Possible White House staff shake-up

Will Trump shake things up again and bring new blood into the White House? Despite constant speculation that White House chief of staff John KellyJohn Francis KellyMORE has one foot out the door, Trump publicly committed to him staying on until 2020.

Others to watch include Attorney General Jeff SessionsJefferson (Jeff) Beauregard SessionsTrump's nastiest break-ups: A look at the president's most fiery feuds Five takeaways from Barr's new powers in 'spying' probe Amash: Some of Trump's actions 'were inherently corrupt' MORE, Deputy Attorney General Rod RosensteinRod RosensteinWhy Mueller may be fighting a public hearing on Capitol Hill Jake Tapper fact-checks poster Trump admin created describing Mueller investigation Jeffrey Rosen officially sworn in as deputy attorney general MORE, Defense Secretary James MattisJames Norman MattisTrump defense pick expected to face tense confirmation Trump's nastiest break-ups: A look at the president's most fiery feuds Shanahan orders new restrictions on sharing of military operations with Congress: report MORE, Homeland Security Secretary Kirstjen NielsenKirstjen Michele NielsenTrump Citizenship and Immigration Services head out at agency Congressional Hispanic Caucus demands answers on death of migrant children Trump expected to tap Cuccinelli for new immigration post MORE, Interior Secretary Ryan ZinkeRyan Keith ZinkeSenate panel approves Interior nominee over objections from Democrats Interior's border surge puts more officers in unfamiliar role Not 'if' but 'when' is the next Deepwater Horizon spill? MORE and White House press secretary Sarah Huckabee Sanders.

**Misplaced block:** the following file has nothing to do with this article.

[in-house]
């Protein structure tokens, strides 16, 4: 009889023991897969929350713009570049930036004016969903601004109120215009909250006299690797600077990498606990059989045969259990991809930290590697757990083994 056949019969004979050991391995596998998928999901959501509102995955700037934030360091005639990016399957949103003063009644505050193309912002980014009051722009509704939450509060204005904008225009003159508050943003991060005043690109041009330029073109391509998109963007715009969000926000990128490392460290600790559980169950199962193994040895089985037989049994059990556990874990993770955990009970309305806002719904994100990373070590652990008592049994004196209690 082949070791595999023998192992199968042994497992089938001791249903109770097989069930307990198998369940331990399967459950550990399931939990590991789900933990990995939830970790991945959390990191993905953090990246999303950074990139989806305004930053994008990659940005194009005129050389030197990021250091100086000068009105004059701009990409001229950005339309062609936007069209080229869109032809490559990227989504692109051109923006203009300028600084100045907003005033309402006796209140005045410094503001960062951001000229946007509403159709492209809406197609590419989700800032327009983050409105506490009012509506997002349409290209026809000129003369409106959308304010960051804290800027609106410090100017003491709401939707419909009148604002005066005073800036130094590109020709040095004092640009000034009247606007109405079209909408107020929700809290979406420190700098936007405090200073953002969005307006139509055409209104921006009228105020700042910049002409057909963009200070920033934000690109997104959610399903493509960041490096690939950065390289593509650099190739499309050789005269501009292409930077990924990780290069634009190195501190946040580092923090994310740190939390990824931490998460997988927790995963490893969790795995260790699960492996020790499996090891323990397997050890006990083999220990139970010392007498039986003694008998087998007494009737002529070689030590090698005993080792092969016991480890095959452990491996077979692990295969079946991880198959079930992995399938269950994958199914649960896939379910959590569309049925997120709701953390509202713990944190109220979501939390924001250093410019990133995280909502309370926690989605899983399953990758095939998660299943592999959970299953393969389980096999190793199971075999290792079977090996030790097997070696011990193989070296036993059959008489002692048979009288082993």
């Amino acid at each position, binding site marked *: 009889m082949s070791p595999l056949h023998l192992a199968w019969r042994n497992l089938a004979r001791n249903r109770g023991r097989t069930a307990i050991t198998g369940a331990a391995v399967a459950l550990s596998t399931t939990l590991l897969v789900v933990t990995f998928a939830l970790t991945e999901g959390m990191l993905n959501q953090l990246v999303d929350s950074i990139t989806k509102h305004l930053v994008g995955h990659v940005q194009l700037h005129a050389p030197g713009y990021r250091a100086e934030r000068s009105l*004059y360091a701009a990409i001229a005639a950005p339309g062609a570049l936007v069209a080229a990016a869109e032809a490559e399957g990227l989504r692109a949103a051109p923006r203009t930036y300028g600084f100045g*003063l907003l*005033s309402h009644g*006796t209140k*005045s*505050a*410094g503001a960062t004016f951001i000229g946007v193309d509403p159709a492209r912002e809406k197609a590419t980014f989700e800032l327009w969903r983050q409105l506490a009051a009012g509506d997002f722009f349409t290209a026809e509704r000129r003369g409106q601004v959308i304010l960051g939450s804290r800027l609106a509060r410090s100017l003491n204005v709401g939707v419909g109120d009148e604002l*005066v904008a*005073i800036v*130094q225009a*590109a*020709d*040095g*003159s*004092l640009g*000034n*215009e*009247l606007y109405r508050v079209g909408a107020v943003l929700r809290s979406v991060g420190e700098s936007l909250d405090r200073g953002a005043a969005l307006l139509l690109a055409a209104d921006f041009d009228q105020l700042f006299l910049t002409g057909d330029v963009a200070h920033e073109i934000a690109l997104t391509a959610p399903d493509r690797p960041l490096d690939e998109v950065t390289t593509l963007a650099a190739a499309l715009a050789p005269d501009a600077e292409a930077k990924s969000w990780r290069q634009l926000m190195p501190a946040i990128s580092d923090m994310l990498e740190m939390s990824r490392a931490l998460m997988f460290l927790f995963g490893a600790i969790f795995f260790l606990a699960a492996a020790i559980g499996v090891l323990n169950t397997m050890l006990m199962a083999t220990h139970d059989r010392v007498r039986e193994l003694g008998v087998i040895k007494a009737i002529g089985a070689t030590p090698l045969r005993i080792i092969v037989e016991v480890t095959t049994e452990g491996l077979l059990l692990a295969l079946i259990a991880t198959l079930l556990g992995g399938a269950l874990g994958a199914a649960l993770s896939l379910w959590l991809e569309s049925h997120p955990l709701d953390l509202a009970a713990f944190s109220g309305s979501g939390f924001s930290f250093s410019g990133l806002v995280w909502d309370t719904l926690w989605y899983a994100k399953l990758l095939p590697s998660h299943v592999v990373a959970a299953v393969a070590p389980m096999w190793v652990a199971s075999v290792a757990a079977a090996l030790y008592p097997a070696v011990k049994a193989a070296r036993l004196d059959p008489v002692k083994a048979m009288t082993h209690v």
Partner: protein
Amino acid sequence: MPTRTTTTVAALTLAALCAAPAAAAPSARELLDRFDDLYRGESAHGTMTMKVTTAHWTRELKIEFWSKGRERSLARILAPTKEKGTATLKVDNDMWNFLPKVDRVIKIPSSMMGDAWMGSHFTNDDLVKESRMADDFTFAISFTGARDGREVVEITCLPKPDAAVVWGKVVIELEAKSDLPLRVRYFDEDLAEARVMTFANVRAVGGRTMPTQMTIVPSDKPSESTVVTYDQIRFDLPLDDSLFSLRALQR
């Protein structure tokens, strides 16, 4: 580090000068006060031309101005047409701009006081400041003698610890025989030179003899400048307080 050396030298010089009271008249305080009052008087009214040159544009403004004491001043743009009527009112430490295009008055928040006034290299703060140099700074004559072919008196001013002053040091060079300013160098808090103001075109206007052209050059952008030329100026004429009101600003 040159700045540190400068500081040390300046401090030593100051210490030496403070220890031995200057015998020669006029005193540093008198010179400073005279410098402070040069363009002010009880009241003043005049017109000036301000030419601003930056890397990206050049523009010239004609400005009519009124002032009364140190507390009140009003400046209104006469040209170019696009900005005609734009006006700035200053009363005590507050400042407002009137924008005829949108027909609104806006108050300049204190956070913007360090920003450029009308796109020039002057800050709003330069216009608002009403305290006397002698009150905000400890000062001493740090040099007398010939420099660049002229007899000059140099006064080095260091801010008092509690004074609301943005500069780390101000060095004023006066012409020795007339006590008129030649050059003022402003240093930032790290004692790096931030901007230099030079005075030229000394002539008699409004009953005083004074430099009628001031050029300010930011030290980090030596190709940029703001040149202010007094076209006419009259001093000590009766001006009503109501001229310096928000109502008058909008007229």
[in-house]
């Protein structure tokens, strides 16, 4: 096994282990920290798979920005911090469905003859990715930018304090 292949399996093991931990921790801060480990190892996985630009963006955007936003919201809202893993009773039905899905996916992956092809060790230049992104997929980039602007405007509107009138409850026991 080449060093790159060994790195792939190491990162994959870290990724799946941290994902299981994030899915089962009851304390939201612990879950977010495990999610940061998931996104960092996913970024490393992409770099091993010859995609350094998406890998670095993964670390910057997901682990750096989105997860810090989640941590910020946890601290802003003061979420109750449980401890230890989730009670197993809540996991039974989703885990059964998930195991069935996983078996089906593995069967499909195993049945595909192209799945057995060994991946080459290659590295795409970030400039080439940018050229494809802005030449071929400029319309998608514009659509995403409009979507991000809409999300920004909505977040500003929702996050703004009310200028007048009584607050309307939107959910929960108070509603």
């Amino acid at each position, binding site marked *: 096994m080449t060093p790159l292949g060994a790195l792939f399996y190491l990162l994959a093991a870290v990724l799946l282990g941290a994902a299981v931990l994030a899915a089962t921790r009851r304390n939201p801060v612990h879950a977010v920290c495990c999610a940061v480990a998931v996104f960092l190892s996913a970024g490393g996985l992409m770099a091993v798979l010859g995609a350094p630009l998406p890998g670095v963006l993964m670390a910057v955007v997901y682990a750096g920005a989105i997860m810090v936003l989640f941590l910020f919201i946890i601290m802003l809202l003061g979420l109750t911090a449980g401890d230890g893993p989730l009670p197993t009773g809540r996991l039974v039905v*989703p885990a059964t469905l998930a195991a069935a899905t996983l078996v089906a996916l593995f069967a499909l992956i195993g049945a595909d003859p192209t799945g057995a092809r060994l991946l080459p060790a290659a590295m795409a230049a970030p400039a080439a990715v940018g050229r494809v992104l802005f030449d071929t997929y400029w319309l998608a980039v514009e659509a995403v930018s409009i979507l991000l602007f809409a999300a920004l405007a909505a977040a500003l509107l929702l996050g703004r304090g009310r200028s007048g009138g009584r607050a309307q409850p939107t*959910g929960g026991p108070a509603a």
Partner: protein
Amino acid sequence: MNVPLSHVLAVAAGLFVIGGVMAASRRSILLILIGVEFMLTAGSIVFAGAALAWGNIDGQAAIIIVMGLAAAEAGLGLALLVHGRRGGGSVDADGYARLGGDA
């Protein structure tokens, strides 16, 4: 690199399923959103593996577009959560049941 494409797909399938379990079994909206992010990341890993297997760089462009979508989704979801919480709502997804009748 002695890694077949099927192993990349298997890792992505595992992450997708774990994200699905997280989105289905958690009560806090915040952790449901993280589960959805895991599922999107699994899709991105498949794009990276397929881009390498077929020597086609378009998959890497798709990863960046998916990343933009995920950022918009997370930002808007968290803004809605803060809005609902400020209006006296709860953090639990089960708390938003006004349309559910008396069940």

Trump’s victories in the Senate will only make it easier for him to muscle through new nominees to replace officials such as Sessions. With a 51-49 majority, replacing Sessions might have been difficult. With a majority as large as 54 or 55 seats, it’s a lot easier.

2020 politics 

There could be more than 30 major Democratic presidential candidates, with roughly a half-dozen senators expected to launch a bid for the nomination.

As is customary, likely 2020 candidates such as Sens. Bernie SandersBernie SandersJames Carville: Biden represents 'stability' not 'generational change' Ocasio-Cortez, progressives trash 'antisemitic' Politico illustration of Bernie Sanders 2020 Democrats target federal ban on abortion funding MORE (I-Vt.), Elizabeth WarrenElizabeth Ann WarrenTrump defense pick expected to face tense confirmation 2020 Democrats target federal ban on abortion funding Gillibrand seizes on abortion debate to jump-start campaign MORE (D-Mass.) and Kamala HarrisKamala Devi HarrisSan Francisco police chief apologizes for raid on journalist's home Gillibrand seizes on abortion debate to jump-start campaign Senate Democrats to House: Tamp down the impeachment talk MORE (D-Calif.) have said their attention was on the midterms. Now they and many others have to make decisions on whether to get in, and more importantly, when to get in. 

Government shutdown 

Lawmakers and the administration face a Dec. 7 funding deadline, and the chances of another government shutdown are significant. Trump wants a lot more funding for his border wall, which the left despises. Coming off a big win in the House, Democratic leaders in the lower chamber will be quite entrenched in their opposition to Trump's wall initiative.